Crowdsourcing the Next Young Adult Nonfiction: Grade 8 Hears from Author Marc Favreau

Students in Grade 8 at Rivers had an opportunity to peek inside the world of book publishing and writing in early May, with a special visit from writer and editor Marc Favreau. The class read Favreau’s book Unequal earlier in the semester. As an author of nonfiction, Favreau has focused on weaving history into compelling narratives for the young adult audience. Visiting humanities classes on Friday, May 3, and speaking before a special homeroom, Favreau (who is the brother of Middle School Latin faculty member Cathy Favreau) spoke candidly about his journey as a writer, fielded questions from students, and actively solicited ideas from the crowd on what his next book topic should be.

Favreau explained that, although he is about to publish his fifth book, writing is “somewhat of a side hustle.” 

“I spend most of my day helping other writers,” said Favreau, who works by day as the editorial director for The New Press in New York City. Writing, he says, happens in the “nooks and crannies” of his weeks. 

While he always had thoughts of becoming a writer, Favreau shared that he received some words of discouragement early on (he was told that “writers are born, not made”), which for years kept him from being able to think of himself as a writer. Becoming a published author, he told the class, came about somewhat unexpectedly and relatively recently. About eight years ago, when his own children were in middle school, he noticed a lack of nonfiction titles available for young adults. A conversation with a literary agent furthered this notion; the agent challenged him to write the kind of book he wanted to see, which turned into a book proposal almost overnight. Within two weeks of that initial conversation, he had a contract.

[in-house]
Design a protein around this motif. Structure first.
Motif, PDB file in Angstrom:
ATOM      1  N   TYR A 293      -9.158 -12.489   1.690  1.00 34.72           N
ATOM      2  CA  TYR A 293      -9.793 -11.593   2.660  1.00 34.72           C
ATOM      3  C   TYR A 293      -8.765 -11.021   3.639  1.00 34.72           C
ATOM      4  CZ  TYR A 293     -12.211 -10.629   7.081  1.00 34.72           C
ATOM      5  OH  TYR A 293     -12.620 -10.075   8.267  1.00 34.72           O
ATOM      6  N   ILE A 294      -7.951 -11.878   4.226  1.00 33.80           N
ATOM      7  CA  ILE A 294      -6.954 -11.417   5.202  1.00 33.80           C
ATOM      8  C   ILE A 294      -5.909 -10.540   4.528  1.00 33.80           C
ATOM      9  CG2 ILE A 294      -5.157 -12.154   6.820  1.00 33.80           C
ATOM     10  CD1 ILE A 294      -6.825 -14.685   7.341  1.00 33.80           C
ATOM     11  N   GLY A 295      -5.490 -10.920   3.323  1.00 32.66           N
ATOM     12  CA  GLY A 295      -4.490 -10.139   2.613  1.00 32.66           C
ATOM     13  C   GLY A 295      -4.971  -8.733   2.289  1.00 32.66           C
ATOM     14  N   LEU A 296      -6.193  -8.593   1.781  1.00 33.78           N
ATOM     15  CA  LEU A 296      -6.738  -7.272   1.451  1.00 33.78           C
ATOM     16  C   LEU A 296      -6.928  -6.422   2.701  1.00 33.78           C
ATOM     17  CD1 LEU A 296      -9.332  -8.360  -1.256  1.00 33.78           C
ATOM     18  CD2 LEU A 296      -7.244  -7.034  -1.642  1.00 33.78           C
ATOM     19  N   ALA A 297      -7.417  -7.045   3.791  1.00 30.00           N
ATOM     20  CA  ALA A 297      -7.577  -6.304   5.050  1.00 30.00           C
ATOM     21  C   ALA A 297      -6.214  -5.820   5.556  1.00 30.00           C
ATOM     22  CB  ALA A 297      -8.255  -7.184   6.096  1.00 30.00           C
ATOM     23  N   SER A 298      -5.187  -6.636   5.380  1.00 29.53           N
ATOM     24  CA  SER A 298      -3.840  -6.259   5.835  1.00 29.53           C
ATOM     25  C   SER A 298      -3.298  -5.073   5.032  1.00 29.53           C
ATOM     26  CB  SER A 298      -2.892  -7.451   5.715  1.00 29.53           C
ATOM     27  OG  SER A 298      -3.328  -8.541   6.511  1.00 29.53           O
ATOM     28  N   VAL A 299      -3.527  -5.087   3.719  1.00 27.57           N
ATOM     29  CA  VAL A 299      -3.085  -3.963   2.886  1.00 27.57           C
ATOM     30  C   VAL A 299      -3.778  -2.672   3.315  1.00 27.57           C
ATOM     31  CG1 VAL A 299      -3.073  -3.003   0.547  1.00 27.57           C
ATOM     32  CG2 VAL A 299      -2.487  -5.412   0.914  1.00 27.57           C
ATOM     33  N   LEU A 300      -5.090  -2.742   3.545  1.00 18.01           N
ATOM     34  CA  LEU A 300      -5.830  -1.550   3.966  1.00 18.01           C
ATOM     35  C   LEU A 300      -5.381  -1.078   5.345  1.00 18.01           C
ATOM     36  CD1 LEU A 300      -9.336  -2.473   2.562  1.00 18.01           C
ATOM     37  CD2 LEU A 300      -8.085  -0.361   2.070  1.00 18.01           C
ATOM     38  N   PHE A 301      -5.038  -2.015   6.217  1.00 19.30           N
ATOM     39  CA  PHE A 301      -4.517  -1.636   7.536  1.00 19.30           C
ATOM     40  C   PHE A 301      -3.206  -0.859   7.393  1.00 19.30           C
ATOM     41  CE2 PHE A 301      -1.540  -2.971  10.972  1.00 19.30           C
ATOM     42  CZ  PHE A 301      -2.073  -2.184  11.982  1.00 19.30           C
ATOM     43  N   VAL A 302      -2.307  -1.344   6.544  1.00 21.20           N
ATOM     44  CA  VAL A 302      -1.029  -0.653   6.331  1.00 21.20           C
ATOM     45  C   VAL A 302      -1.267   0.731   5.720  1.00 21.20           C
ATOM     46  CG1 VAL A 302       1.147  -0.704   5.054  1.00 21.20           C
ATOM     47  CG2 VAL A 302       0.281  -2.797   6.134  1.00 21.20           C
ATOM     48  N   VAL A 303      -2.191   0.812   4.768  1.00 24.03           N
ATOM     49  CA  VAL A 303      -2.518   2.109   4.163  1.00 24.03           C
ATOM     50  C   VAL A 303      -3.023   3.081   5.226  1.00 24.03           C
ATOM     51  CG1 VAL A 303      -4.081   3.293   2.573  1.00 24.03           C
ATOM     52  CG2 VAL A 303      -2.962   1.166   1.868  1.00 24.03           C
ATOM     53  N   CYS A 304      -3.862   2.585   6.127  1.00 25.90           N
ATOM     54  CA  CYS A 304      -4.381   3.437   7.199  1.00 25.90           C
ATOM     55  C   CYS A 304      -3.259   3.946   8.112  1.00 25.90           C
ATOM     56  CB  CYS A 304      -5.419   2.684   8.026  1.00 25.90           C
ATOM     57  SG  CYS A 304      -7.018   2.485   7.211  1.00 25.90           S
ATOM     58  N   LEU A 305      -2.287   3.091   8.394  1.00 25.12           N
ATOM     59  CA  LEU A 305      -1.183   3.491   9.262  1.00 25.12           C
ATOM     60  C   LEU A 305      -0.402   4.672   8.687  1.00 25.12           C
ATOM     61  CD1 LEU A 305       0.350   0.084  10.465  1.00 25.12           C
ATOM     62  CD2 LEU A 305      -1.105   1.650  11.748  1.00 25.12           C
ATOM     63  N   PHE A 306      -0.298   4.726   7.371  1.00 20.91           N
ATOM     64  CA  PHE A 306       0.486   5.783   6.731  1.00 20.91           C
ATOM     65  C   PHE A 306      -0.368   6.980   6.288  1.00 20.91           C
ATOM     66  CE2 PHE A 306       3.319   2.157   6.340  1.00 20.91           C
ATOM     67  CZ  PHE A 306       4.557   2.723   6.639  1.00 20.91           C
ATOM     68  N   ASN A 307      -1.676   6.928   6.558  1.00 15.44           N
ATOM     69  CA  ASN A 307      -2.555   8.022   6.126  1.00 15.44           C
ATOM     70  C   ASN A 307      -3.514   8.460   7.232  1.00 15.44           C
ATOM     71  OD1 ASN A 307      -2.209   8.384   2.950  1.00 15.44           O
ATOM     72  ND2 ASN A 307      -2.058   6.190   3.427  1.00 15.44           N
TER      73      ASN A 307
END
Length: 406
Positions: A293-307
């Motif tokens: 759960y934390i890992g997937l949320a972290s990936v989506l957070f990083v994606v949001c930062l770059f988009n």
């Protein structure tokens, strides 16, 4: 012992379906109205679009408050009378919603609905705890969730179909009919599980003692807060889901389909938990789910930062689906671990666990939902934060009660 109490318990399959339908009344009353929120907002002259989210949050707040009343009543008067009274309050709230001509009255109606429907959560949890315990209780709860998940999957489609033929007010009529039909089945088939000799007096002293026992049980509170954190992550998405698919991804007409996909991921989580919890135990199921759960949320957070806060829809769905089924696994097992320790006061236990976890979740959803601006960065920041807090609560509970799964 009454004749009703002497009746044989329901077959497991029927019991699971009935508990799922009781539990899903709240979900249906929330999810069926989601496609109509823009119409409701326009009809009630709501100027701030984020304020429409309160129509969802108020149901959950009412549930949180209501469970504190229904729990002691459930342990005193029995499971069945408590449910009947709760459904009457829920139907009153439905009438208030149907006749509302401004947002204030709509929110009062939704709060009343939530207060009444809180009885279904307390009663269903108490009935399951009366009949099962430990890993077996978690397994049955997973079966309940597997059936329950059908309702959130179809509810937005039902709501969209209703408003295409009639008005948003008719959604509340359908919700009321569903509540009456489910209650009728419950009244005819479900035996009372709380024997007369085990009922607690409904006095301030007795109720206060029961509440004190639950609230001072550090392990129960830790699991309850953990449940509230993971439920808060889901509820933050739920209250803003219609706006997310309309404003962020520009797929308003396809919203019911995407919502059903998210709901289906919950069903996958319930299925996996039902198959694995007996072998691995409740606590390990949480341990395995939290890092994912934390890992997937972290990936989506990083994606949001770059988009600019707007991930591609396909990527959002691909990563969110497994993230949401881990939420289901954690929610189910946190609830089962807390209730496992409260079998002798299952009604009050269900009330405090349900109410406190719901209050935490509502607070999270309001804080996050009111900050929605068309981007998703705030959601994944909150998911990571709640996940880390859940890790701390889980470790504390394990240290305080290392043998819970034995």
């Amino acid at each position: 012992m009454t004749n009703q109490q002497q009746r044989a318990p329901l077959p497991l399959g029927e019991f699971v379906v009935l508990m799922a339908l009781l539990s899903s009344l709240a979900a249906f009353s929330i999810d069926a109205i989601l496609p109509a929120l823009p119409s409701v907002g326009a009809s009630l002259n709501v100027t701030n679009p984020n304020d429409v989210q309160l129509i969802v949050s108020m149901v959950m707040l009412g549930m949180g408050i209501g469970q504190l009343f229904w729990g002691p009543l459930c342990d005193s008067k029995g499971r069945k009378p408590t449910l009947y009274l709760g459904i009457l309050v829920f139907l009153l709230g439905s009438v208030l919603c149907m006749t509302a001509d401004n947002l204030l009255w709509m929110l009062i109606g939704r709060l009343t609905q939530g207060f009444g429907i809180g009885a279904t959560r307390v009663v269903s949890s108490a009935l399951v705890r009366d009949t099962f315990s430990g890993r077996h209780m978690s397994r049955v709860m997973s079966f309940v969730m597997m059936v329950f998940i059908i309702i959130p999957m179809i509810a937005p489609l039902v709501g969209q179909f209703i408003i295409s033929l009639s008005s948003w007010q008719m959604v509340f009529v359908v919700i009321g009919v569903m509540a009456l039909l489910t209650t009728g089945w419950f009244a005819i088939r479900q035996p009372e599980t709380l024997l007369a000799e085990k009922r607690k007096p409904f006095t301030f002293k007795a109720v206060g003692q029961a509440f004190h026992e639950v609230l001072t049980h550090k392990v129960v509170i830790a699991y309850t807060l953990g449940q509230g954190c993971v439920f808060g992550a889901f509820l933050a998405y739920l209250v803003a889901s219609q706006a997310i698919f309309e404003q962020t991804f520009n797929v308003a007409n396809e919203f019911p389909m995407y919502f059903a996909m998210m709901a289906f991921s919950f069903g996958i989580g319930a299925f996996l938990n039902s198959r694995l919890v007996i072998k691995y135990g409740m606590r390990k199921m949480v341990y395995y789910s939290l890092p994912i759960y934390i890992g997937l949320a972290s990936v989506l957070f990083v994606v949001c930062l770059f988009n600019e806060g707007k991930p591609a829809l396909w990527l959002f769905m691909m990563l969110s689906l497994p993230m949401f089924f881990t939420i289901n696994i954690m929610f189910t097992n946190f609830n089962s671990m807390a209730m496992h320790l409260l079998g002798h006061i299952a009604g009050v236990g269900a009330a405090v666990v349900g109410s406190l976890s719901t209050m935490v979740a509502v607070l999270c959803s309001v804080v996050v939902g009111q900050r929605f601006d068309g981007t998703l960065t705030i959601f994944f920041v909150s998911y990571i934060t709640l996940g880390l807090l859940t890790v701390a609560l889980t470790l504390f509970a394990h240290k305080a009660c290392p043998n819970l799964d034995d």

Book contracts in nonfiction, Favreau was quick to clarify, can be finalized with a sample chapter, or a “blueprint,” before the book has been written. Those interested in publishing novels or works of poetry typically must submit a completed manuscript before receiving a book deal.

Like the book that followed his initial contract, Unequal was born out of the desire to create works for young adults that reflect the national conversation. The George Floyd protest was one of the biggest social movements in all of American history, Favreau said, and in the summer of 2020, there was massive demand in publishing for books discussing the history of race, segregation, and activism. 

“I noticed there wasn’t a single way you could figure out what all this was about,” said Favreau. It’s also personal: “My two sons are African American, my wife is Black,” said Favreau, who is white. He described his family’s conversations about activism and what they could do as individuals. For Unequal, which offers a history of racial inequality for young adults, Favreau teamed up with author Michael Dyson Cohen to “help people understand the present by understanding what we’ve done in the past.” 

The Grade 8 students, themselves in the midst of a big research project, got an inside look at the editing process as well. Projecting a heavily marked-up manuscript page on the screen, Favreau explained that editing and rewriting are a substantial part of writing and publishing. It can be discouraging, he acknowledged. “Imagine you’re turning in a big paper, and this is what you get back—two hundred pages of edits,” he said, contextualizing it for the class.  

In the homeroom in the Lewis Common Area, Favreau took suggestions from the class on what his next book topic should be. “Every book that I’ve written has come out of some thing that has happened to me in my life,” he said, citing big political movements or questions, “but I’m trying to think about whether I should write a book or books on something different.”

Students were eager to share their suggestions, which included some weighty topics: Holocaust history, the Gypsy Rose Blanchard story and mental health, the Covid-19 pandemic, the storming of the Capital, immigration and family separation, and the Gaza war.

Favreau’s newest work, Represent: The Unfinished Fight for the Vote, will be released in September 2024. “I have no idea what’s coming next,” he told the class. But perhaps, the next big idea will come from the very audience the books for whom the books are intended—middle school students. 
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